Resilience is critical to innovation. But resilient workforces don’t just happen. You have to intentionally support them. Here’s how.
Well-meaning HR people are so invested in employees, they often drive career conversations. To really engage employees, you have to listen, too.
A key cornerstone of talent coaching strategy is the belief that employees are resourceful, creative, and ultimately experts in who they are and what they need to do. In many ways, this belief is what differentiates coaching from other forms of support. And it requires curiosity to deliver.
How can we engage employees and encourage them to drive their careers in a way that’s impactful for them and our organizations? Here are six steps.
Values are the key to fulfillment. When employees’ careers are in line with them, they feel resonance, more balanced, and grounded. And fulfilled employees make business sense because resonance brings energy which brings productivity.
To build loyalty & confidence, find tips on how to encourage your staff in lifelong learning for personal & professional employee development.
Recent Bright Horizons research shows that employees will be much more likely to stay at a company they consider their dream organization, even if they’re not yet in their dream job. And employees, especially millennials, will be much more likely to see their organization as a dream company if they have opportunities for professional development. Learn how to build a culture of learning at your organization.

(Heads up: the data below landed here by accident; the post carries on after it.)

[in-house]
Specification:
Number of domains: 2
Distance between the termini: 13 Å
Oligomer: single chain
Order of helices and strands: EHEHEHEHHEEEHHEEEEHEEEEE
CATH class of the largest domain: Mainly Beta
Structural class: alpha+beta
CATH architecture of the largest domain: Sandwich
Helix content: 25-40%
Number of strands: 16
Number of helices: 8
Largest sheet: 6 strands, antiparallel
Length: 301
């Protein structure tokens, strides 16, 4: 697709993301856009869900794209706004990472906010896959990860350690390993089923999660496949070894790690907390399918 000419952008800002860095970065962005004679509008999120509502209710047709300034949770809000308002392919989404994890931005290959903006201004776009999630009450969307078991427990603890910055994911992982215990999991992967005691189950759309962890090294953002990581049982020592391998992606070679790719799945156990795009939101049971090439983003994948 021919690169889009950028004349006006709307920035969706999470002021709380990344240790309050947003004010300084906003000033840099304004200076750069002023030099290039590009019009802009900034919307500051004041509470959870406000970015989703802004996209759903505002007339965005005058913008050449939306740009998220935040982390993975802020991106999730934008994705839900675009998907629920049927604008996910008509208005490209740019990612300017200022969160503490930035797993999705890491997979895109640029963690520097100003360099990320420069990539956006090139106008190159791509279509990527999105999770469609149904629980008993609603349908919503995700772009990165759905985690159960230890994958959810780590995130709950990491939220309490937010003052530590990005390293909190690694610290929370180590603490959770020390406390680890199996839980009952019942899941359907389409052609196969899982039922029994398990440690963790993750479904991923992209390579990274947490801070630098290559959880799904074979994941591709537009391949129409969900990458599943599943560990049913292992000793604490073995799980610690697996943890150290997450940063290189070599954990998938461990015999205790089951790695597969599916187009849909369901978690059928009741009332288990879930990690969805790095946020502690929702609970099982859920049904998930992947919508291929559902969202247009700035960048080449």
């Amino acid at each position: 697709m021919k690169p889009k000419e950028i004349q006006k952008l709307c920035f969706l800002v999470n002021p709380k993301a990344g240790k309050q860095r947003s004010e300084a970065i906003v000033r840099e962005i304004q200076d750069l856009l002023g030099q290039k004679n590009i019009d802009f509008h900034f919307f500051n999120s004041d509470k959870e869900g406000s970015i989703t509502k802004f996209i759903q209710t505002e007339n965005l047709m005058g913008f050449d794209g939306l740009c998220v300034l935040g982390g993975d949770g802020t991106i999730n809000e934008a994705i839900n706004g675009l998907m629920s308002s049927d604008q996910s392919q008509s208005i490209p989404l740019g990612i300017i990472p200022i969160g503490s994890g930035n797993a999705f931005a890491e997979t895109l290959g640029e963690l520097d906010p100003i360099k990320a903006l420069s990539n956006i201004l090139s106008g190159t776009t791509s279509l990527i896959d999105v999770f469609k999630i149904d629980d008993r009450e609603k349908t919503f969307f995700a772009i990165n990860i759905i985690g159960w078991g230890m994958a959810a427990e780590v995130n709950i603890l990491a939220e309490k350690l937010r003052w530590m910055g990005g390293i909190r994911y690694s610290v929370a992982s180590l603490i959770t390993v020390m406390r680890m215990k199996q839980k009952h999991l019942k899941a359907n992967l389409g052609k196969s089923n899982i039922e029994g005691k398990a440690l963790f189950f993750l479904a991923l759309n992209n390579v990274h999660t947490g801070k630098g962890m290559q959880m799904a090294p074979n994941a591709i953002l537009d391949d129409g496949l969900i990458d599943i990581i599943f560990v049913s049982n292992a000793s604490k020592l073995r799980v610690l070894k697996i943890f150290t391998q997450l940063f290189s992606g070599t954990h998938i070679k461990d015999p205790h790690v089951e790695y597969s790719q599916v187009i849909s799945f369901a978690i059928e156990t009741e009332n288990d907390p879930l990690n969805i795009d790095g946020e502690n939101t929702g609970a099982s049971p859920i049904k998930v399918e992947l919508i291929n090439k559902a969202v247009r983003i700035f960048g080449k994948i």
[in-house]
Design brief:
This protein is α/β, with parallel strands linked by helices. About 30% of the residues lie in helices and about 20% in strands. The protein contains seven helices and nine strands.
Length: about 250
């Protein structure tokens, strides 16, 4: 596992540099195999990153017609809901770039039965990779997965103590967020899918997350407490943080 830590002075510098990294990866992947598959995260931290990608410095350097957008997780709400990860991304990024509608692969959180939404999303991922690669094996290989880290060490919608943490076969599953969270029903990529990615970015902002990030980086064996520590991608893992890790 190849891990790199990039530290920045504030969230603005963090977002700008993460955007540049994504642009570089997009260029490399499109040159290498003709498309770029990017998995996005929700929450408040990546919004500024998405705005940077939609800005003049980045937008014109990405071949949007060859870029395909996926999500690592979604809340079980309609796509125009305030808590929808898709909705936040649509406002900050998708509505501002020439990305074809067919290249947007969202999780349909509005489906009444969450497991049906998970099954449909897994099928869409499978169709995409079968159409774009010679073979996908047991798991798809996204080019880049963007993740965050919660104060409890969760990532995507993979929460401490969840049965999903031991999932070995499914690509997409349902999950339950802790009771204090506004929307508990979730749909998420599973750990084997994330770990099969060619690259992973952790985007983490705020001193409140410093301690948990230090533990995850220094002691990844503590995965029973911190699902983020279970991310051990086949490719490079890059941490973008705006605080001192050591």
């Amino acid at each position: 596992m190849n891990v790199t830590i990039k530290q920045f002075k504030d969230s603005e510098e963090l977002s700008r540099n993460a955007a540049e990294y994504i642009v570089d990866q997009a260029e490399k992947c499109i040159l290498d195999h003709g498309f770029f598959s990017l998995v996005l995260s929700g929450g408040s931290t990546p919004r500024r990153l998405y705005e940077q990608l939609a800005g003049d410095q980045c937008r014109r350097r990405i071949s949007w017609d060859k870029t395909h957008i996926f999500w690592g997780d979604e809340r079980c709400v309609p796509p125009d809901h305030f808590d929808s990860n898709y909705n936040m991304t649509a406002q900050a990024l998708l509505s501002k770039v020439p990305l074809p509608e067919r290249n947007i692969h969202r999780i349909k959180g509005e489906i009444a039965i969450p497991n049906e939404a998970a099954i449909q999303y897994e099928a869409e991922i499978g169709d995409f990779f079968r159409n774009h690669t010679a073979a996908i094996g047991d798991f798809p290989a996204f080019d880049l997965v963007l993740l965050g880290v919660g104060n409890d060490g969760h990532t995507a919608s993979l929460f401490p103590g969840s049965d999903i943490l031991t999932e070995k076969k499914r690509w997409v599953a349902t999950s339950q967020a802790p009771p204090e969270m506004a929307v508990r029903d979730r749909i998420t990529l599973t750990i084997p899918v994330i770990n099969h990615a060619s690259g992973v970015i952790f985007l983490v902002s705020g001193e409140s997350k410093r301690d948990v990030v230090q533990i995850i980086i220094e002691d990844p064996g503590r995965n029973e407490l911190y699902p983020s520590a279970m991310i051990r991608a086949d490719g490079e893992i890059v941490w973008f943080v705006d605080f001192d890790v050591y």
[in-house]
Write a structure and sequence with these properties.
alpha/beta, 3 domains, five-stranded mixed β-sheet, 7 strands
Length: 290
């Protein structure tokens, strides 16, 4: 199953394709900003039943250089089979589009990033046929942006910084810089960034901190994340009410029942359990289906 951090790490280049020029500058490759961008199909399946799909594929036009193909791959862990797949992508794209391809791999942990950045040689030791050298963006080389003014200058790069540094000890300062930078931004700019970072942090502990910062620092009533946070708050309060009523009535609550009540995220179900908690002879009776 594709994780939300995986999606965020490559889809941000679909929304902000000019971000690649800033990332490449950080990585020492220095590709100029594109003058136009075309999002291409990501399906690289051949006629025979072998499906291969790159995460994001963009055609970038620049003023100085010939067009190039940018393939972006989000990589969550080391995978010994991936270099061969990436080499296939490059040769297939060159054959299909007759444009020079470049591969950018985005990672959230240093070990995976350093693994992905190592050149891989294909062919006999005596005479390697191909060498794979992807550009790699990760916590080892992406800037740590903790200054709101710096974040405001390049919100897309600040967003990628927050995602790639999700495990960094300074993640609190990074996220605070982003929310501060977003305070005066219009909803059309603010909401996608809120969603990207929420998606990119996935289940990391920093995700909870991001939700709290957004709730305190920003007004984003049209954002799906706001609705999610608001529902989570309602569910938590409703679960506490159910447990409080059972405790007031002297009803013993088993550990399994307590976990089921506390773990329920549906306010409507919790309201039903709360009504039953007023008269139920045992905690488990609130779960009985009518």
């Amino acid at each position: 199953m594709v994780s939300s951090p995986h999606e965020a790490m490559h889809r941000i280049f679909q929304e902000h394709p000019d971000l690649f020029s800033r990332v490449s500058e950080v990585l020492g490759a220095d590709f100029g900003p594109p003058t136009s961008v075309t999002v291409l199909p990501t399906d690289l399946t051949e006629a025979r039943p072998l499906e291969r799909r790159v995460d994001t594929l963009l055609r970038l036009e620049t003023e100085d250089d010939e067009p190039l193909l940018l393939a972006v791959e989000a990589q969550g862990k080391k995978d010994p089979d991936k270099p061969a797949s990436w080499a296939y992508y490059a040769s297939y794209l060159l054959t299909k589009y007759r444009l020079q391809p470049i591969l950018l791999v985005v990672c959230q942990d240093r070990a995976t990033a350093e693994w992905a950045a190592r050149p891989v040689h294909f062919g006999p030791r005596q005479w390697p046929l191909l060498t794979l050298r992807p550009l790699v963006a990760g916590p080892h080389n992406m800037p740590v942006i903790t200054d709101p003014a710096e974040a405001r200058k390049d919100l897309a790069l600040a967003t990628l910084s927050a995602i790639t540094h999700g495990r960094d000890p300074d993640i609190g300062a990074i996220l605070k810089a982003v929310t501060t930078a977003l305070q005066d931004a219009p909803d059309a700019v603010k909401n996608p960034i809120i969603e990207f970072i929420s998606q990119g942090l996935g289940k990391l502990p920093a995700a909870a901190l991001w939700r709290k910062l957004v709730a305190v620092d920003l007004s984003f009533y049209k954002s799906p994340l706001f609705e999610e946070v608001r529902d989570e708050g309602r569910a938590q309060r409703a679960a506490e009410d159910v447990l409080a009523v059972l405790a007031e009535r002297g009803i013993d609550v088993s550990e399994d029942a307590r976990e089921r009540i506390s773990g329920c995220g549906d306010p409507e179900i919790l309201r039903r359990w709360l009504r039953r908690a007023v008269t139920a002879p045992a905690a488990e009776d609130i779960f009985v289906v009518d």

If employees view their education as a way to advance on the “career ladder,” then organizations should have a strong interest in ensuring the ladder they are choosing to climb leads to where the organization wants them to go. Education assistance helps you do that.
Today’s employers are going to have to fight for great hires, hire for potential, develop existing talent, and invest in their employees in a way that makes them want to stay with the organization over the long-term. Three experts tell you how to use a culture of learning to achieve those goals.
As I reflect back on my childhood through my late 20’s, I realize that I was living a lie. I grew up thinking there are two worlds: a world where you learn and a world where you do.
This lie came from my reality growing up. My mother was a teacher: to me she represented learning: the books that surrounded her, the desks, the students listening, and her teaching. My father worked in an office: secretaries typing, men in offices talking, my father traveling, people ’doing.?
In fact, I lived this ’lie? through my late 20’s, even pursuing a PhD because I thought in order to continue learning, I must continue going to school.